Presidential Succession

The U.S. Constitution and Federal law govern how a dead or incapacitated President of the United States is succeeded in office. Surprisingly, the system took more than 150 years to evolve, and unresolved issues remain.

Below, a 
graphical format
 describes the Presidential line of succession at various times.

1787 -- The Constitutional Convention

The question of Presidential disability arose during the creation of the Consitution, even before the Founding Fathers had invented the idea of a Vice President. John Dickinson of Delaware asked the question that still haunts those concerned with the Presidency: "What is the extent of the term 'disability' & who is to be the judge of it?"
1787 -- Article II, Section 1 of the Constitution

Provides only that the Vice President succeeds the President. This section of the Constitution was superseded by the 25th Amendment in 1967.

PresidentVice President
1791 -- The First Congress
Near the end of the First Congress, in January 1791, a House committee recommended that succession after the Vice President fall to the cabinet's senior member, the Secretary of State. Federalist members quickly objected because they had no desire to see Thomas Jefferson, the incumbent Secretary of State and leader of the growing Anti-federalist opposition, placed so close to the presidency. Others proposed the Senate's president pro tempore, reasoning that as this official succeeded the vice president in presiding over the Senate, he should also succeed the vice president in performing the duties of the presidency. This plan attracted opposition from those who assumed the president pro tempore would remain a senator while temporarily performing duties of the presidency and feared the arrangement would upset the balance of powers between the two branches. Others suggested the Chief Justice or the House Speaker. At an impasse, the First Congress adjourned, deferring the matter nine months until the Second Congress, and thereby risking governmental paralysis in the event of presidential and vice-presidential vacancies.

PresidentVice President
1792 -- The Second Congress
Early in that new Congress, on February 20, 1792, the Senate passed the Presidential Succession Act, placing in line of succession its president pro tempore, followed by the House Speaker.

PresidentVice President President Pro Tempore of the SenateSpeaker of the House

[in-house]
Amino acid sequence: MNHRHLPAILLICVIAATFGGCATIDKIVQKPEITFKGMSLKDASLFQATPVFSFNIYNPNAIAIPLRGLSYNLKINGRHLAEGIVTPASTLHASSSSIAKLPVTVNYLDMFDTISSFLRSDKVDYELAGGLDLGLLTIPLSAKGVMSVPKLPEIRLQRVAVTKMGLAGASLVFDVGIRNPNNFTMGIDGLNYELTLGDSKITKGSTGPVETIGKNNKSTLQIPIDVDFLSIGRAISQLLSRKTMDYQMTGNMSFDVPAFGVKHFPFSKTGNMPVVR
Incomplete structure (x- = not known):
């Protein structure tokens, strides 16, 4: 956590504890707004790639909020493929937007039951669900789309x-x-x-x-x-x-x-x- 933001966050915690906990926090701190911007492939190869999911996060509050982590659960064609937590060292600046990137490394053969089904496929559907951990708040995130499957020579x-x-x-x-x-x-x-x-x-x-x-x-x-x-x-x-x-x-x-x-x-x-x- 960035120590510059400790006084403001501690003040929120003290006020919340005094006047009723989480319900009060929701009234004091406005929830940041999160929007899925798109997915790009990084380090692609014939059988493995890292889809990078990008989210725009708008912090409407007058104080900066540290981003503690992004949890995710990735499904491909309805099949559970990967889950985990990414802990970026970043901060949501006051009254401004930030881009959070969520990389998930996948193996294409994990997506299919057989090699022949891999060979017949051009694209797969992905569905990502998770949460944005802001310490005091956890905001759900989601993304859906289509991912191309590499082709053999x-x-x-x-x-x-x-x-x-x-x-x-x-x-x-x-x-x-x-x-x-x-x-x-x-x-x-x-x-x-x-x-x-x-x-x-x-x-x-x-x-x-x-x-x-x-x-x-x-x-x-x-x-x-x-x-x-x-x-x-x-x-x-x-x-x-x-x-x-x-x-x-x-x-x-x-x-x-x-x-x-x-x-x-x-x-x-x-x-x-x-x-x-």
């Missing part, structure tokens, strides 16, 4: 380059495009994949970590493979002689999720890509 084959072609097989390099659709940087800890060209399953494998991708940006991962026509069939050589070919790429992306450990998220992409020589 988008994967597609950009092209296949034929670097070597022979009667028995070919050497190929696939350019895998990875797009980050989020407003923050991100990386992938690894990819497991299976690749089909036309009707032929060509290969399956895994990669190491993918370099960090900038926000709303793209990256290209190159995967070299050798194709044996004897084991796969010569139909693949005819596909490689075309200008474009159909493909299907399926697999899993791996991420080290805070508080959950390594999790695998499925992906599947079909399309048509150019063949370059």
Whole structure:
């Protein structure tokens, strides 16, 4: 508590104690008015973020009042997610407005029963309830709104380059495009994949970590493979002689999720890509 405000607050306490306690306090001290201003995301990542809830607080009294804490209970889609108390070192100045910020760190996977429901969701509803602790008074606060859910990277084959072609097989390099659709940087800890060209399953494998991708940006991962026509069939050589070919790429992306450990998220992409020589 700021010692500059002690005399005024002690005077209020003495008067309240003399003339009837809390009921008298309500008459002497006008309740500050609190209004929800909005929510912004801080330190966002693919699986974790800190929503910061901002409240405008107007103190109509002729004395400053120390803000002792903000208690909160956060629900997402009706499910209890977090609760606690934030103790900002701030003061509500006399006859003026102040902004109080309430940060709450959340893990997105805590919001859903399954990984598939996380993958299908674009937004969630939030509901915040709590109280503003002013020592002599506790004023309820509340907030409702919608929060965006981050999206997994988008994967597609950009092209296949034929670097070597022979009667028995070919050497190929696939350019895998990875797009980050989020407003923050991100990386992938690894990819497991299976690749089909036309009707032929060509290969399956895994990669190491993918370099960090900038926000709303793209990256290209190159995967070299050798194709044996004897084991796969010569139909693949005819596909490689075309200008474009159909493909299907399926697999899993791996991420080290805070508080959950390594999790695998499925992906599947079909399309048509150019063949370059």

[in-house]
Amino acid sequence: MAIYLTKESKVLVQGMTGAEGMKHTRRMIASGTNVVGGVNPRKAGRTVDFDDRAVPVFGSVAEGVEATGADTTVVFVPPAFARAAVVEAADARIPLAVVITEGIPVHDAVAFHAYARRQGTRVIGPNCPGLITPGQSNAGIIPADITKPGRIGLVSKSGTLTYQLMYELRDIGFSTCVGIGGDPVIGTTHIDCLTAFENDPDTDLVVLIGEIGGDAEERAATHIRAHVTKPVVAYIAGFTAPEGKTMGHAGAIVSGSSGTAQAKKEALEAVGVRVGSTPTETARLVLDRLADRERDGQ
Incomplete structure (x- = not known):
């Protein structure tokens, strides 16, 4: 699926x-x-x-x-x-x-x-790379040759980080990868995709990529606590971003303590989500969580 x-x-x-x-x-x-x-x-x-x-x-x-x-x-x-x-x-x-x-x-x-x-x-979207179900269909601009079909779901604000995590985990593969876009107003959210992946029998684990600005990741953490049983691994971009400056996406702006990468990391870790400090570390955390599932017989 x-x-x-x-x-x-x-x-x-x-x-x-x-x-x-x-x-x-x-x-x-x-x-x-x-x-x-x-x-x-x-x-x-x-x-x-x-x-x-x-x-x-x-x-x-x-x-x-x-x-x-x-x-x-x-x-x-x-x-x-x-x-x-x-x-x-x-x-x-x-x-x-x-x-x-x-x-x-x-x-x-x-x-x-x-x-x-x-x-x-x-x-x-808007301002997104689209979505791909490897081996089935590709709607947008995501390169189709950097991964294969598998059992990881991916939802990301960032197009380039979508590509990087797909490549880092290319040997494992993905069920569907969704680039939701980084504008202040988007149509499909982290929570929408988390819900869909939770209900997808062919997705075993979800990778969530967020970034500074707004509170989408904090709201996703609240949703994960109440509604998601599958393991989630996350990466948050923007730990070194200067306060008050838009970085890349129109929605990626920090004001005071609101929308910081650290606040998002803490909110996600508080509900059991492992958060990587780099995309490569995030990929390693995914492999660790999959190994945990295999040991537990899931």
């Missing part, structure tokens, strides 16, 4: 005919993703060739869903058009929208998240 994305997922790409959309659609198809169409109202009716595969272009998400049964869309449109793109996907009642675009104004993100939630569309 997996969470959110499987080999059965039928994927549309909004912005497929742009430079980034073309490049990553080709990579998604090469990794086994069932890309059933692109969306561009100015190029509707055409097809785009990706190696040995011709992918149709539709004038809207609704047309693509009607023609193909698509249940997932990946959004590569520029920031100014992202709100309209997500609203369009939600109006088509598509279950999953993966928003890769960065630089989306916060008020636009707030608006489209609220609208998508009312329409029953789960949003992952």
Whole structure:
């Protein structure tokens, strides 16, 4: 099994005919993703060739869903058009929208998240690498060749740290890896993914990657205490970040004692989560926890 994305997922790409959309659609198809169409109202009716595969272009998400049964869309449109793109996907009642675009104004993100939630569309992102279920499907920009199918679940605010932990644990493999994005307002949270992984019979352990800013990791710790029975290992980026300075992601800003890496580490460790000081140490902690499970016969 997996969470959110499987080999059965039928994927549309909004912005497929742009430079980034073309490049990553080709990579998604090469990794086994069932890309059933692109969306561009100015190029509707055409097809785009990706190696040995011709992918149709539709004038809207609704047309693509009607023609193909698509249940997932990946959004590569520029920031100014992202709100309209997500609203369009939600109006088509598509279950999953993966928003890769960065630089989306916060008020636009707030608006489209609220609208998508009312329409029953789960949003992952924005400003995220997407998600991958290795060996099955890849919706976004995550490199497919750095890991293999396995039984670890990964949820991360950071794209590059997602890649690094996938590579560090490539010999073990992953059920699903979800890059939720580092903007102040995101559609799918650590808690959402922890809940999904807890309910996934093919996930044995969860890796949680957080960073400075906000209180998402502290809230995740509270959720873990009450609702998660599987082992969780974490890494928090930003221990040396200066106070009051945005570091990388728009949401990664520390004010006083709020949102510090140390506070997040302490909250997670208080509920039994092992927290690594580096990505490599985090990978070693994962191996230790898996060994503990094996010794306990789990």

Throughout most of the nineteenth century, the Senate assumed it was empowered to elect a president pro tempore only during the absence of a vice president. But what should senators do at the end of a session? Since Congress was customarily out of session for half of each year, what would happen in that era of high mortality rates if both the president and vice president died during the adjournment period and there were no designated president pro tempore? For decades, the Senate relied upon an elaborate charade in which the vice president would voluntarily leave the chamber before the end of a session to enable the Senate to elect a president pro tempore. Fearing that the presidency might thus accidentally slip into the hands of the opposition, vice presidents occasionally refused to perform this little courtesy when the opposing party held the Senate majority.

1886 --- The First Presidential Succession Act
In 1886 Congress replaced the two congressional officials in the line of succession with cabinet officers, in the order of their agencies' creation. Proponents of this change argued that the Senate elected its presidents pro tempore based on parliamentary rather than executive skills. No president pro tempore had ever served as president, while six former secretaries of state had been elected to that office.

PresidentVice President Secretary of StateSecretary of the TreasurySecretary of War Other cabinet secretaries...
1947 --- The Presidential Succession Act of 1947
When the 1945 death of FDR made Vice President Truman president, Truman urged placing the Speaker of the House next in line to the vice president. His reasoning: the Speaker is as an elected representative of his district, as well as the chosen leader of the "elected representatives of the people."

Of course, one could make the same argument for the president pro tempore of the Senate. Truman's decision may have reflected his strained relations with 78-year-old President Pro Tempore Kenneth McKellar and his warm friendship with 65-year-old House Speaker Sam Rayburn. After all, it was in Rayburn's hideaway office, where he had gone for a late afternoon glass of bourbon, that Truman first learned of his own elevation to the presidency.

PresidentVice President Speaker of the HousePresident Pro Tempore of the Senate Secretary of StateSecretary of the TreasurySecretary of War Other cabinet secretaries...
1967 --- The 25th Amendment to the Constitution
The 25th amendment to the Constitution is important because it speaks more to how the President is succeeded in office, rather than who succeeds to the office. For example, it establishes procedures by which the Vice President and the Cabinet can remove the President when they judge him to be incapacitated.

It also allows the President, when temporarily incapacitated, to temporarily surrender his powers to the Vice President. This provision has been used by President Bush.

One interesting note about the 25th amendment: It finally codified the tradition started by President tyler, In 1840, President William Henry Harrison became the first president to die in office. Tyler was his Vice President and assumed the Presidency. However, Article II of the Constitution says only that the duties of a deceased President fall to the Vice President. It does not say that the Vice President becomes President. Some people in 1840 felt Tyler should be "Acting President" or some other position less than "full" President. Tyler disagreed, and governed as President in all respects. This became a tradition followed by the other 7 Vice Presidents who succeeded to the Presidency over the next 125 years. It was not until 1967 that tradition became law in section 1 of the 25th amendment.